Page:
Naturally stressed ecosystems hold a unique fraction of biodiversity. However, they have been largely ignored in biomonitoring and conservation programmes, such as the EU Water Framework Directive, while global change pressures are threatening their singular values. Here we present a framework to classify and evaluate the ecological quality of naturally stressed rivers along a water salinity gradient. We gathered datasets, including aquatic macroinvertebrate assemblages and environmental information, for 243 river locations across the western Mediterranean to: a) gauge the role of natural stressors (salinity) in driving aquatic community richness and composition; b) make river classifications by encompassing the wide range of environmental and biological variation exhibited by Mediterranean rivers; c) provide effective biomonitoring metrics of ecological quality for saline rivers. Our results showed that water salinity played a pivotal role in explaining the community richness and compositional changes in rivers, even when considering other key and commonly used descriptors, such as elevation, climate or lithology. Both environmental and biologically-based classifications included seven river types: three types of freshwater perennial rivers, one freshwater intermittent river type and three new saline river types. These new saline types were not included in previous classifications. Their validation by independent datasets showed that the saline and freshwater river types represented differentiable macroinvertebrate assemblages at family and species levels. Biomonitoring metrics based on the abundance of indicator taxa of each saline river type provided a much better assessment of the ecological quality of saline rivers than other widely used biological metrics and indices. Here we demonstrate that considering natural stressors, such as water salinity, is essential to design effective and accurate biomonitoring programmes for rivers and to preserve their unique biodiversity.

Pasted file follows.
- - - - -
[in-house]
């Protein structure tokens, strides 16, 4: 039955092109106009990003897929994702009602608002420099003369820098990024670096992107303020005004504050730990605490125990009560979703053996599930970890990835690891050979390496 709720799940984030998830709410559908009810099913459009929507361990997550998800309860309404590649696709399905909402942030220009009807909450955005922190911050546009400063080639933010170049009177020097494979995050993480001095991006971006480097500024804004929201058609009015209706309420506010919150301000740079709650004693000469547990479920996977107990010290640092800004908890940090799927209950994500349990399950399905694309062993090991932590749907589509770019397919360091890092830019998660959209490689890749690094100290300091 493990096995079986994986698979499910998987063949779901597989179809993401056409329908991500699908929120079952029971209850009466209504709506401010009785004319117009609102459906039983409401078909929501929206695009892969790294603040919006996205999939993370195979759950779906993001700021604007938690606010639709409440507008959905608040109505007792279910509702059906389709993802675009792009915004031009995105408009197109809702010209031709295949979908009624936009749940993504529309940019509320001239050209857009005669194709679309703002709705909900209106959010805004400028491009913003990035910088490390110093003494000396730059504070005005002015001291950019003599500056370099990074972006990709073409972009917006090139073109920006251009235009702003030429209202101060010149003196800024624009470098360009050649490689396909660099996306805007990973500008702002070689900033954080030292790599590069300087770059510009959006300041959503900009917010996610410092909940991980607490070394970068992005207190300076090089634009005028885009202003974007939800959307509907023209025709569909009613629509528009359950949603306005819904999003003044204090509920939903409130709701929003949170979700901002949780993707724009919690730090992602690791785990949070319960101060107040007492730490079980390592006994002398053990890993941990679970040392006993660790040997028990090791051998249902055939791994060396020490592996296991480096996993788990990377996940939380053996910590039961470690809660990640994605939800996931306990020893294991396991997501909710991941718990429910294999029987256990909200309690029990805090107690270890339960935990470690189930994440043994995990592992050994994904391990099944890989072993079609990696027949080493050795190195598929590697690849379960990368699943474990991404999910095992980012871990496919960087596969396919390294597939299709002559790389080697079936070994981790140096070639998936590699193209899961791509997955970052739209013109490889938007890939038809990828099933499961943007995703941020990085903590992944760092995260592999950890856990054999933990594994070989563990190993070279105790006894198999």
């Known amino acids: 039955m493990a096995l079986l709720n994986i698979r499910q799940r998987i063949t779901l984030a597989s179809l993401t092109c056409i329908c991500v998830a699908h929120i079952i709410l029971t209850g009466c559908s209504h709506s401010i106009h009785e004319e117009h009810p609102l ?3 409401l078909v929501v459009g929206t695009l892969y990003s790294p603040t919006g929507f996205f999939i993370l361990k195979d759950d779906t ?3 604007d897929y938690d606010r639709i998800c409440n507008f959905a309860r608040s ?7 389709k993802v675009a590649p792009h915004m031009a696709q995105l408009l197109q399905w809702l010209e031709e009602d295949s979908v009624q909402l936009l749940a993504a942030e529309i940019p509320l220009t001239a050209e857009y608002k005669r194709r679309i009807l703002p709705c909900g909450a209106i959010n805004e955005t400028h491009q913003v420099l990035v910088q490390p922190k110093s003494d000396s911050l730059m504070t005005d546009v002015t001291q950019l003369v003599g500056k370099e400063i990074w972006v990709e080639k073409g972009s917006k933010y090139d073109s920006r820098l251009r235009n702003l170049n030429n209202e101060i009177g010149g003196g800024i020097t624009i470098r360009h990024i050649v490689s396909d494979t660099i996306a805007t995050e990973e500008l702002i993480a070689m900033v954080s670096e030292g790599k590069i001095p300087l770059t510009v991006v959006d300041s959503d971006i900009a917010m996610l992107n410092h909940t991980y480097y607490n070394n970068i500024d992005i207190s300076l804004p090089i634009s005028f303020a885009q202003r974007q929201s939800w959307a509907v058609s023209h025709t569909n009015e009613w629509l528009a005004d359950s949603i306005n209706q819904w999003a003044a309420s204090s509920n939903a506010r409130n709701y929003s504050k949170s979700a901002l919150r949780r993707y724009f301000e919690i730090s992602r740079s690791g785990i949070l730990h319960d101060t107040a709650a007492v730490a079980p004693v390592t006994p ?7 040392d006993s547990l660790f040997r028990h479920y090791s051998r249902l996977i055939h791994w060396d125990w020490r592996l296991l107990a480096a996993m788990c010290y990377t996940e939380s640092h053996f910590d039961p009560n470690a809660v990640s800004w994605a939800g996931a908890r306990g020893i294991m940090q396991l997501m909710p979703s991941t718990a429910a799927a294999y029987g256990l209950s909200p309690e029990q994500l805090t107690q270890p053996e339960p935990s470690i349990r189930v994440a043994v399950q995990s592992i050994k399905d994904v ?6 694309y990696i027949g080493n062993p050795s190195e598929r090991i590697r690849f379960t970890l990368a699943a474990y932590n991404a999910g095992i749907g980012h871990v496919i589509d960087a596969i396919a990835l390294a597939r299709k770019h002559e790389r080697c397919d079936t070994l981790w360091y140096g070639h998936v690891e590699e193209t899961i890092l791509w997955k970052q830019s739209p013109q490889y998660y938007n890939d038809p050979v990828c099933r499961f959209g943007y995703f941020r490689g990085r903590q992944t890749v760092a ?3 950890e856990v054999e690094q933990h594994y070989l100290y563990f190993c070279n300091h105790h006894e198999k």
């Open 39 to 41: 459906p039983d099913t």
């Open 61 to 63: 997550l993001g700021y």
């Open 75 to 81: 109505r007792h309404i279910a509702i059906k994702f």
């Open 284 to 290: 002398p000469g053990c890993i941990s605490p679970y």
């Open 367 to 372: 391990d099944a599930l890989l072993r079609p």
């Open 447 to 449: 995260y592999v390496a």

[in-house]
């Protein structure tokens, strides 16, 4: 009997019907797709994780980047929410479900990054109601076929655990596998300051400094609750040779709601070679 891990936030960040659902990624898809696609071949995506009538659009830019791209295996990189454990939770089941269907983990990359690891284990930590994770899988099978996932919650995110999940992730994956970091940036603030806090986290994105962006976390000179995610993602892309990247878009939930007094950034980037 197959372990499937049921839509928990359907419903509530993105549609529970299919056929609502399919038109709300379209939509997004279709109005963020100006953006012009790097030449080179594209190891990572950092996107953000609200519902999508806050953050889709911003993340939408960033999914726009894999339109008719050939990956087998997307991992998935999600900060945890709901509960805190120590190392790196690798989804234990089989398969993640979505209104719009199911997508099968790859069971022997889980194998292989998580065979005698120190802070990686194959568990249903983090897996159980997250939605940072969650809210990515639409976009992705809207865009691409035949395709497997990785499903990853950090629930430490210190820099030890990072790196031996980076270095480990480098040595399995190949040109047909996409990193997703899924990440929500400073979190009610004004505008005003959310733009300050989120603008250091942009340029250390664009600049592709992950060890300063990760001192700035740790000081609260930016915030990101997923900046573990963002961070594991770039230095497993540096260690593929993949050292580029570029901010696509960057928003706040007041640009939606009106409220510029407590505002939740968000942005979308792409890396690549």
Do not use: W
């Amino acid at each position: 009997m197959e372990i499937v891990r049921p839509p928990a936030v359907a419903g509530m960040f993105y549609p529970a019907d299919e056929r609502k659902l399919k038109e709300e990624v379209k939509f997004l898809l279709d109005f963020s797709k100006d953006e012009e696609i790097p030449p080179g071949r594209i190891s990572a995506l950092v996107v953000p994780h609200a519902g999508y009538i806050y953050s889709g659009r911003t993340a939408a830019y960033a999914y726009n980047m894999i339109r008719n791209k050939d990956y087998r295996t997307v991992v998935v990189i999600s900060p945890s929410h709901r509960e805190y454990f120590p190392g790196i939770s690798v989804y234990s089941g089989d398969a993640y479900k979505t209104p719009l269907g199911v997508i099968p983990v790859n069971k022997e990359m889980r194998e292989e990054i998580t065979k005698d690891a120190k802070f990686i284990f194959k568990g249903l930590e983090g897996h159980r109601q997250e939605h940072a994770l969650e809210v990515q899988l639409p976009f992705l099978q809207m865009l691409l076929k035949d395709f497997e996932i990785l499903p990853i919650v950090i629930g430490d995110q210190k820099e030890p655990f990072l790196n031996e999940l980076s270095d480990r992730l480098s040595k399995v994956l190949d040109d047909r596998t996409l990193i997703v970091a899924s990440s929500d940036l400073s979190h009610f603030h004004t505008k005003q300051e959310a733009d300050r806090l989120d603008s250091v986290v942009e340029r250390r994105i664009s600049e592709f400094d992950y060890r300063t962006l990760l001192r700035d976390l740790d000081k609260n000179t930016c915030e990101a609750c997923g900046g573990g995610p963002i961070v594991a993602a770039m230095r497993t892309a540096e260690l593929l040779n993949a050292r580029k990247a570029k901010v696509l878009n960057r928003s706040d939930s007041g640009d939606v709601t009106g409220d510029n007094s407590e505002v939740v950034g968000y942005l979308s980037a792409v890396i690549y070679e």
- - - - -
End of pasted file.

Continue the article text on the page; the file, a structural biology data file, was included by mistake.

|Numero di pagine||10|
|Rivista||Science of the Total Environment|
|Stato di pubblicazione||Published - 2019|
All Science Journal Classification (ASJC) codes
- Environmental Engineering
- Environmental Chemistry
- Waste Management and Disposal